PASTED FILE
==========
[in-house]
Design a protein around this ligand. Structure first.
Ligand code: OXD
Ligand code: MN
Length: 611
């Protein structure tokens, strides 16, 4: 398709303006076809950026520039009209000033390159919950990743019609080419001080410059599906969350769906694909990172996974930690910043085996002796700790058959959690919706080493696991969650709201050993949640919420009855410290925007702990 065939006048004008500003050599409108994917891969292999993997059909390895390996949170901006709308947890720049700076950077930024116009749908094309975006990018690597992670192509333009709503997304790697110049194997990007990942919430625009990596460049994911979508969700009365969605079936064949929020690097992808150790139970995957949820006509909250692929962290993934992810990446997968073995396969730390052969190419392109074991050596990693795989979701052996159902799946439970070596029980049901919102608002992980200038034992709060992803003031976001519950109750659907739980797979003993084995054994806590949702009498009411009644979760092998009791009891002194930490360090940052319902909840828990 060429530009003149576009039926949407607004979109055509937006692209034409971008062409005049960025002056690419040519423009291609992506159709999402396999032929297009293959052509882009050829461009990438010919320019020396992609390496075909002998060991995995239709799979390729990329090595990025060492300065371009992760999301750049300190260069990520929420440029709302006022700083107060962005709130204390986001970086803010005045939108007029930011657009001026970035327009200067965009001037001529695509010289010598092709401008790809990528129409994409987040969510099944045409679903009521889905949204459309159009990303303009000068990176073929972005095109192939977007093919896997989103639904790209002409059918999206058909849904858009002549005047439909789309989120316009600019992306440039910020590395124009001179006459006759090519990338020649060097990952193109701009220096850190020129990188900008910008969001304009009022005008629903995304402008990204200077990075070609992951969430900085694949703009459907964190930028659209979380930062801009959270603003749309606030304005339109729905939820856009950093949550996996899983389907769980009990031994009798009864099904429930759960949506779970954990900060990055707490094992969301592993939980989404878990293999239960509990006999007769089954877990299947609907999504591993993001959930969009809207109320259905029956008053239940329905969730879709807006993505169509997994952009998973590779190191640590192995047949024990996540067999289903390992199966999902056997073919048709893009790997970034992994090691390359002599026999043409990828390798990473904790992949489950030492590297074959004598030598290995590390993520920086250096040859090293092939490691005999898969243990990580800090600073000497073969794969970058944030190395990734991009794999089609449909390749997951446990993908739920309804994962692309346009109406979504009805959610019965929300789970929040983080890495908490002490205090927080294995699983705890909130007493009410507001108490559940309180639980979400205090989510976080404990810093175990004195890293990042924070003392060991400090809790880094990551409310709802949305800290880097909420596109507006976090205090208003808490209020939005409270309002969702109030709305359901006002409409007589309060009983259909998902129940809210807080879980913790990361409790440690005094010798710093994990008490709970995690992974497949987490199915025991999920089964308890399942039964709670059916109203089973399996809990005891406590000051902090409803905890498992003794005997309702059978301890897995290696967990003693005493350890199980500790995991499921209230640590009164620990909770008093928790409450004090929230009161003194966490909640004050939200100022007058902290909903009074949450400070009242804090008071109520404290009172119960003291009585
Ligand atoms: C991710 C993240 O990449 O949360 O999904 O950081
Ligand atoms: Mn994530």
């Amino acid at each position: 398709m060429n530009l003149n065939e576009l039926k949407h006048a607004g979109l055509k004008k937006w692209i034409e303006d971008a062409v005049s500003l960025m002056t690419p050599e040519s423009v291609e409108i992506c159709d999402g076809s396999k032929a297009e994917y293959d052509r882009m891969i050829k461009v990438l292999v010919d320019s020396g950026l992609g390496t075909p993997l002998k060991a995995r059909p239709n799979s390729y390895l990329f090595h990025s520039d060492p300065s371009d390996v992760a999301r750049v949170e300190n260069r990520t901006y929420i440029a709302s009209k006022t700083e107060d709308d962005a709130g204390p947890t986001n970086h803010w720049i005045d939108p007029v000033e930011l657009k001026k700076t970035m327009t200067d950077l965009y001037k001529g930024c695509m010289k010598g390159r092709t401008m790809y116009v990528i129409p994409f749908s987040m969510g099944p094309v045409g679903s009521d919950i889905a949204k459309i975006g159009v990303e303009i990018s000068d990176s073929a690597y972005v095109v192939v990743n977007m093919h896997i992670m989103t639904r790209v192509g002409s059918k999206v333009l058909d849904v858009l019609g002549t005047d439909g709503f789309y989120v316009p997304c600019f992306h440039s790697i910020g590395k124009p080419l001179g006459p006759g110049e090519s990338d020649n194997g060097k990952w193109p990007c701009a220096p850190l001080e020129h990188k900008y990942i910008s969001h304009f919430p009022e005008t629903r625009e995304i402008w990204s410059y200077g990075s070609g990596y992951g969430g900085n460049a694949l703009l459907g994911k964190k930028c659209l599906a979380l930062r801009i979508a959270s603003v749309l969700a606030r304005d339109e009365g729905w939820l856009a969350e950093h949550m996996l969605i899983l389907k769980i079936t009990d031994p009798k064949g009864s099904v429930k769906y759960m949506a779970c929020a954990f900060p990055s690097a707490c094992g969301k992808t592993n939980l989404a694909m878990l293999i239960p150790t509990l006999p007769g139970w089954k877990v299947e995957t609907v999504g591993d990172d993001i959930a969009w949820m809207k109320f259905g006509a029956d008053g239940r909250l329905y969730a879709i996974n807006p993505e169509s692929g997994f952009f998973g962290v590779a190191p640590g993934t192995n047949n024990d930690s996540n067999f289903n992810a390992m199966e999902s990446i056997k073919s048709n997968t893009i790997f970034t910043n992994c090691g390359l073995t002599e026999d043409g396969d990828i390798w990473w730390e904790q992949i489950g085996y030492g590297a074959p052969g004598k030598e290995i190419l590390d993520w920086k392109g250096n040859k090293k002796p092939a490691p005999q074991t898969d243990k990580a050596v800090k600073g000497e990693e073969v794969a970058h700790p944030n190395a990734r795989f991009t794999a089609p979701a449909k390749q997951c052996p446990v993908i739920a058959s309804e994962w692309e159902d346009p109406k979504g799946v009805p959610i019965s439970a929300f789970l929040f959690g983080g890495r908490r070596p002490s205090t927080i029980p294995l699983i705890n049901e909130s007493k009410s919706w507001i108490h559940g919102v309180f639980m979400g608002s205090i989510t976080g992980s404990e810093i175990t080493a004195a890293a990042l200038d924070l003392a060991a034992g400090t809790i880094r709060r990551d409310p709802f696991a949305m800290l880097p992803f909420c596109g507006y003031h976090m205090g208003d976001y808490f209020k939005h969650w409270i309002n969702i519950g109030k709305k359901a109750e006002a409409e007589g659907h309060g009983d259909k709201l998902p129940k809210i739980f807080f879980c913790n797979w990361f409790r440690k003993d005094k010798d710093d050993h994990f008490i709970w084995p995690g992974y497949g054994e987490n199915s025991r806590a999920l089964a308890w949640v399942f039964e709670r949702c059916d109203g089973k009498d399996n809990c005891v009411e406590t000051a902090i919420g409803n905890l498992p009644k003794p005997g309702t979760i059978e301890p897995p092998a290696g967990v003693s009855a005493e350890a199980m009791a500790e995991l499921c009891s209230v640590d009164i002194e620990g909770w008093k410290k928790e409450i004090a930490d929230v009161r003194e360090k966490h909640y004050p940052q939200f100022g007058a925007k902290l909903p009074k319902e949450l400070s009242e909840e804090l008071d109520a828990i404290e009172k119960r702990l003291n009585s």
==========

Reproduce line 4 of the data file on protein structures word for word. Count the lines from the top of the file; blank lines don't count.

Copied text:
Ligand code: MN